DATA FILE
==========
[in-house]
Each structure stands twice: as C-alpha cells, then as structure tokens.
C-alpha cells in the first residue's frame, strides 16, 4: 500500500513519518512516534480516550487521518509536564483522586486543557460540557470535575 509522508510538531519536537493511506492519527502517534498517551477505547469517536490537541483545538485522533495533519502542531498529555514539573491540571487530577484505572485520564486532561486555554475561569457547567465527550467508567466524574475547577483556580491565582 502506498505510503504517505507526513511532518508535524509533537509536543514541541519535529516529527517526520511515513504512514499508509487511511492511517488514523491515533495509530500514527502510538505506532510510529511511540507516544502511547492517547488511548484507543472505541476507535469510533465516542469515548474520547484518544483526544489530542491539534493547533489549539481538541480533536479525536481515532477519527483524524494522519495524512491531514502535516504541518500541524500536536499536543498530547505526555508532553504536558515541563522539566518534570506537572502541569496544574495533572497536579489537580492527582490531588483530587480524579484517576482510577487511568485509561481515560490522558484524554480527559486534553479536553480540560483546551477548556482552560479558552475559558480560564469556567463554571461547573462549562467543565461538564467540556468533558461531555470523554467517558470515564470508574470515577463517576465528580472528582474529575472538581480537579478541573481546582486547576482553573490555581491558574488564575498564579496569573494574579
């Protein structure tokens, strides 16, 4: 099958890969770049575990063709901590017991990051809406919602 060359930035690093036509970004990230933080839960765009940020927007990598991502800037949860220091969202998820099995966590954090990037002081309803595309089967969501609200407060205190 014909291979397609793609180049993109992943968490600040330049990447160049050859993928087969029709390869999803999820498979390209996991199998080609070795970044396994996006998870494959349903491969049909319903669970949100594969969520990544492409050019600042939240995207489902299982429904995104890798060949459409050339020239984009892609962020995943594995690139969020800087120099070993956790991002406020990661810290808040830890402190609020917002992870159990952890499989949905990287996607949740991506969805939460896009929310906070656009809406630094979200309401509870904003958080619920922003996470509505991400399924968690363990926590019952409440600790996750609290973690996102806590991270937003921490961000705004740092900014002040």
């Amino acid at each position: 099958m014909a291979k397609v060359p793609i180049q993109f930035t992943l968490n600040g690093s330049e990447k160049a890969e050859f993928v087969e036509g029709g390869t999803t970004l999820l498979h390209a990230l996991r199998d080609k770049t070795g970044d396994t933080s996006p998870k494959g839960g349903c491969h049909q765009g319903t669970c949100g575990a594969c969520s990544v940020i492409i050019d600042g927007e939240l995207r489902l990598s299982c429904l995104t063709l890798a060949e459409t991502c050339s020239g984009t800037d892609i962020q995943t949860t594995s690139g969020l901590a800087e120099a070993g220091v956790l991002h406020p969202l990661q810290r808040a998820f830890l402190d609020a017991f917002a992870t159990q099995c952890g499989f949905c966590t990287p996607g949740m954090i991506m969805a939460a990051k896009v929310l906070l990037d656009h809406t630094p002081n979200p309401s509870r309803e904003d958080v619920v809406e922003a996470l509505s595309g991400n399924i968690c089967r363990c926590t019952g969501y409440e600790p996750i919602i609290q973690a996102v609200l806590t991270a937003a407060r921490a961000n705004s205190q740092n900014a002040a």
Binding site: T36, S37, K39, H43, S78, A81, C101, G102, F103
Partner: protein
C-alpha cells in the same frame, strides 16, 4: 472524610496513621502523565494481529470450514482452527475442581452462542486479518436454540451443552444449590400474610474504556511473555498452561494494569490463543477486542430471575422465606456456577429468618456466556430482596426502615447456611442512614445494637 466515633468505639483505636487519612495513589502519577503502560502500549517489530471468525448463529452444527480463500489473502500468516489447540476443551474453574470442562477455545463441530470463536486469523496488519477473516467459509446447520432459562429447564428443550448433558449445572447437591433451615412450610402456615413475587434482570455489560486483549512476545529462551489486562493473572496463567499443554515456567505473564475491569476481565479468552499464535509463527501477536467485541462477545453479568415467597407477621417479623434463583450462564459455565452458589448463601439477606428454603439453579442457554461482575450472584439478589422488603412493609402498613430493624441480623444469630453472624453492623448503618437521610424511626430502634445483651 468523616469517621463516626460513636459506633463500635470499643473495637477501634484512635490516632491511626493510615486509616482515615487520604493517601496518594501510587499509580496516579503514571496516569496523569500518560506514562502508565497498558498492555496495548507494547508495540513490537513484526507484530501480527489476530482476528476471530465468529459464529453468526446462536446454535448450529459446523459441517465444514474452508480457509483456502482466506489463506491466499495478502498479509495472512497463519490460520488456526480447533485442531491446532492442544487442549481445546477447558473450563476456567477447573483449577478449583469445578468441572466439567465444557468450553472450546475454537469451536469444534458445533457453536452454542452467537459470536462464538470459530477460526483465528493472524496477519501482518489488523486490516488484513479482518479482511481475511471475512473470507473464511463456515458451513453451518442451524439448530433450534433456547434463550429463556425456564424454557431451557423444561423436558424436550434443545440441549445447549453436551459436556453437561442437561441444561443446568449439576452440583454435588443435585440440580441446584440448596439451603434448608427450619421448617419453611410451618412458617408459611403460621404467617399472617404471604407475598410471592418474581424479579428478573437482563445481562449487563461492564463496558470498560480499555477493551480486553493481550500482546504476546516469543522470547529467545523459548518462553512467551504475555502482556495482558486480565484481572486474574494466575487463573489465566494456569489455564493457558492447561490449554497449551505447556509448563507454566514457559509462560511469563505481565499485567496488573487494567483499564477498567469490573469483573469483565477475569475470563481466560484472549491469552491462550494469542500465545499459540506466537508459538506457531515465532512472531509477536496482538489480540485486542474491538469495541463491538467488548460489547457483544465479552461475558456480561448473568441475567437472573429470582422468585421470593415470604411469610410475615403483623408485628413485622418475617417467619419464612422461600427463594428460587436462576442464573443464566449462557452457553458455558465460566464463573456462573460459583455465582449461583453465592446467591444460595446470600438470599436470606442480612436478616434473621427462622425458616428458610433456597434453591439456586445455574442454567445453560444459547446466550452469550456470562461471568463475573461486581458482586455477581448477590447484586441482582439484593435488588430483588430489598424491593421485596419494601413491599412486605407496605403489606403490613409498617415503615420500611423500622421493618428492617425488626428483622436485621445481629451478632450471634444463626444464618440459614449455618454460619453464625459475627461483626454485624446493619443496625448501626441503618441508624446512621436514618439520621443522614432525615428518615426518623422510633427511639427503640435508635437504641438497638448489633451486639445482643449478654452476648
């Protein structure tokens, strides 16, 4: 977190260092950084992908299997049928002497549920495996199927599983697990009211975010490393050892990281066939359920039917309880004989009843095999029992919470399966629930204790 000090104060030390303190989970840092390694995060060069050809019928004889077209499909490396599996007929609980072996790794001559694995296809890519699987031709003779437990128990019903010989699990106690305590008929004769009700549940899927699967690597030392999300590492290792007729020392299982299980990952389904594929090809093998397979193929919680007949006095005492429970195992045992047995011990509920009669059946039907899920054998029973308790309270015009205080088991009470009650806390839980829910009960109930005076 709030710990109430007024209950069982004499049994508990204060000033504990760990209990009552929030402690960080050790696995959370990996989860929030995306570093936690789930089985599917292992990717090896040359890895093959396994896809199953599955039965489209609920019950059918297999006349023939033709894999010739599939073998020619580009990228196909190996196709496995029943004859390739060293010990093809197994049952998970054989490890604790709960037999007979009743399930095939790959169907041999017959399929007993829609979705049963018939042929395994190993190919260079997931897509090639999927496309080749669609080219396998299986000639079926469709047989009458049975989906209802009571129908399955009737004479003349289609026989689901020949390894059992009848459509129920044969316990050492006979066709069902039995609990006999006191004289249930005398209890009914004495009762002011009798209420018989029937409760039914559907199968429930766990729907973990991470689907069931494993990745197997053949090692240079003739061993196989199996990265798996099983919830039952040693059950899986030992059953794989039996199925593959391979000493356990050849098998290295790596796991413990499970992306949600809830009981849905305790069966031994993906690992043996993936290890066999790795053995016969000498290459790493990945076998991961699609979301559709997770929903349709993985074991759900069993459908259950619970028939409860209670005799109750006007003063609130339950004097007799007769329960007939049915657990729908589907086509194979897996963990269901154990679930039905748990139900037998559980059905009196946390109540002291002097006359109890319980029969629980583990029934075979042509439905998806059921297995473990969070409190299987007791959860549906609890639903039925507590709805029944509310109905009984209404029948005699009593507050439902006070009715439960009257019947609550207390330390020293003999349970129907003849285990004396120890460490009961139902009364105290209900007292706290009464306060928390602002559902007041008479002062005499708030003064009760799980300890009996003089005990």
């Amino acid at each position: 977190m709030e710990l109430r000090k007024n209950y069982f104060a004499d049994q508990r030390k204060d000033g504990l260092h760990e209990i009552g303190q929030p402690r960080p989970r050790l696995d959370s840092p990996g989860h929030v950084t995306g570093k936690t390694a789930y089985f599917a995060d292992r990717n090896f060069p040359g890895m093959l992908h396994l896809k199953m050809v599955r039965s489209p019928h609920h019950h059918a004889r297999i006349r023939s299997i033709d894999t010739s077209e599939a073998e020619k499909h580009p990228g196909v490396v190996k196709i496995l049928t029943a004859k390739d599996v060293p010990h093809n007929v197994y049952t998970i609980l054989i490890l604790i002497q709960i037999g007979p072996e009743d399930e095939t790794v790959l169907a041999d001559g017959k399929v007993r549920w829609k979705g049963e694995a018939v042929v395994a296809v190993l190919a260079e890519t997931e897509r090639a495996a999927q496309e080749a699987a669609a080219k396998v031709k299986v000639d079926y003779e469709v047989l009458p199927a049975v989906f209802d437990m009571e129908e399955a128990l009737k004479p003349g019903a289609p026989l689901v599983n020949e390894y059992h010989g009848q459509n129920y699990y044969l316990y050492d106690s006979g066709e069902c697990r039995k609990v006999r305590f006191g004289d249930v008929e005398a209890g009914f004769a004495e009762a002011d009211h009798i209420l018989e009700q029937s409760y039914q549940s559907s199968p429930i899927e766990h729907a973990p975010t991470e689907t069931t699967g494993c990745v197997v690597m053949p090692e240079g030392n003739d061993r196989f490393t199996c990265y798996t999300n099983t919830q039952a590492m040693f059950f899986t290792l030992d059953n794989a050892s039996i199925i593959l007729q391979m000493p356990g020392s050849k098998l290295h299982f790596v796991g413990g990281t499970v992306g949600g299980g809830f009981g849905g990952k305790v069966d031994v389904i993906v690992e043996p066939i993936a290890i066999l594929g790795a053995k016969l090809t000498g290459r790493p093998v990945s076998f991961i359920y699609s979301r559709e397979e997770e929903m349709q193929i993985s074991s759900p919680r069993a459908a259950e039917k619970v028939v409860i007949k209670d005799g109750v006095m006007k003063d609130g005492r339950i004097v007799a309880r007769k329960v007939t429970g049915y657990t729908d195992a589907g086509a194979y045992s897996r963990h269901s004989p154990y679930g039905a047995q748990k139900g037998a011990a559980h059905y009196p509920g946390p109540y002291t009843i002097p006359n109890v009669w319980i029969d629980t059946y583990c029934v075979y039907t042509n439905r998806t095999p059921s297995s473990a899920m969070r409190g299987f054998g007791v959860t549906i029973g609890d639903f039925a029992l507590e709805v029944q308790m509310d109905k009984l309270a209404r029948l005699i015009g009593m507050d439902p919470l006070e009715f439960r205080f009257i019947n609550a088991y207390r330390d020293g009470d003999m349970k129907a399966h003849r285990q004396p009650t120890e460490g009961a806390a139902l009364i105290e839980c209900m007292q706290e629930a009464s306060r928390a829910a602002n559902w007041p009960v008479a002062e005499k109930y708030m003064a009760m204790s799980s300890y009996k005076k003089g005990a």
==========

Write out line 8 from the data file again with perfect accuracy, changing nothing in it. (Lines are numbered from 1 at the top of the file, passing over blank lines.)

C-alpha cells in the same frame, strides 16, 4: 472524610496513621502523565494481529470450514482452527475442581452462542486479518436454540451443552444449590400474610474504556511473555498452561494494569490463543477486542430471575422465606456456577429468618456466556430482596426502615447456611442512614445494637 466515633468505639483505636487519612495513589502519577503502560502500549517489530471468525448463529452444527480463500489473502500468516489447540476443551474453574470442562477455545463441530470463536486469523496488519477473516467459509446447520432459562429447564428443550448433558449445572447437591433451615412450610402456615413475587434482570455489560486483549512476545529462551489486562493473572496463567499443554515456567505473564475491569476481565479468552499464535509463527501477536467485541462477545453479568415467597407477621417479623434463583450462564459455565452458589448463601439477606428454603439453579442457554461482575450472584439478589422488603412493609402498613430493624441480623444469630453472624453492623448503618437521610424511626430502634445483651 468523616469517621463516626460513636459506633463500635470499643473495637477501634484512635490516632491511626493510615486509616482515615487520604493517601496518594501510587499509580496516579503514571496516569496523569500518560506514562502508565497498558498492555496495548507494547508495540513490537513484526507484530501480527489476530482476528476471530465468529459464529453468526446462536446454535448450529459446523459441517465444514474452508480457509483456502482466506489463506491466499495478502498479509495472512497463519490460520488456526480447533485442531491446532492442544487442549481445546477447558473450563476456567477447573483449577478449583469445578468441572466439567465444557468450553472450546475454537469451536469444534458445533457453536452454542452467537459470536462464538470459530477460526483465528493472524496477519501482518489488523486490516488484513479482518479482511481475511471475512473470507473464511463456515458451513453451518442451524439448530433450534433456547434463550429463556425456564424454557431451557423444561423436558424436550434443545440441549445447549453436551459436556453437561442437561441444561443446568449439576452440583454435588443435585440440580441446584440448596439451603434448608427450619421448617419453611410451618412458617408459611403460621404467617399472617404471604407475598410471592418474581424479579428478573437482563445481562449487563461492564463496558470498560480499555477493551480486553493481550500482546504476546516469543522470547529467545523459548518462553512467551504475555502482556495482558486480565484481572486474574494466575487463573489465566494456569489455564493457558492447561490449554497449551505447556509448563507454566514457559509462560511469563505481565499485567496488573487494567483499564477498567469490573469483573469483565477475569475470563481466560484472549491469552491462550494469542500465545499459540506466537508459538506457531515465532512472531509477536496482538489480540485486542474491538469495541463491538467488548460489547457483544465479552461475558456480561448473568441475567437472573429470582422468585421470593415470604411469610410475615403483623408485628413485622418475617417467619419464612422461600427463594428460587436462576442464573443464566449462557452457553458455558465460566464463573456462573460459583455465582449461583453465592446467591444460595446470600438470599436470606442480612436478616434473621427462622425458616428458610433456597434453591439456586445455574442454567445453560444459547446466550452469550456470562461471568463475573461486581458482586455477581448477590447484586441482582439484593435488588430483588430489598424491593421485596419494601413491599412486605407496605403489606403490613409498617415503615420500611423500622421493618428492617425488626428483622436485621445481629451478632450471634444463626444464618440459614449455618454460619453464625459475627461483626454485624446493619443496625448501626441503618441508624446512621436514618439520621443522614432525615428518615426518623422510633427511639427503640435508635437504641438497638448489633451486639445482643449478654452476648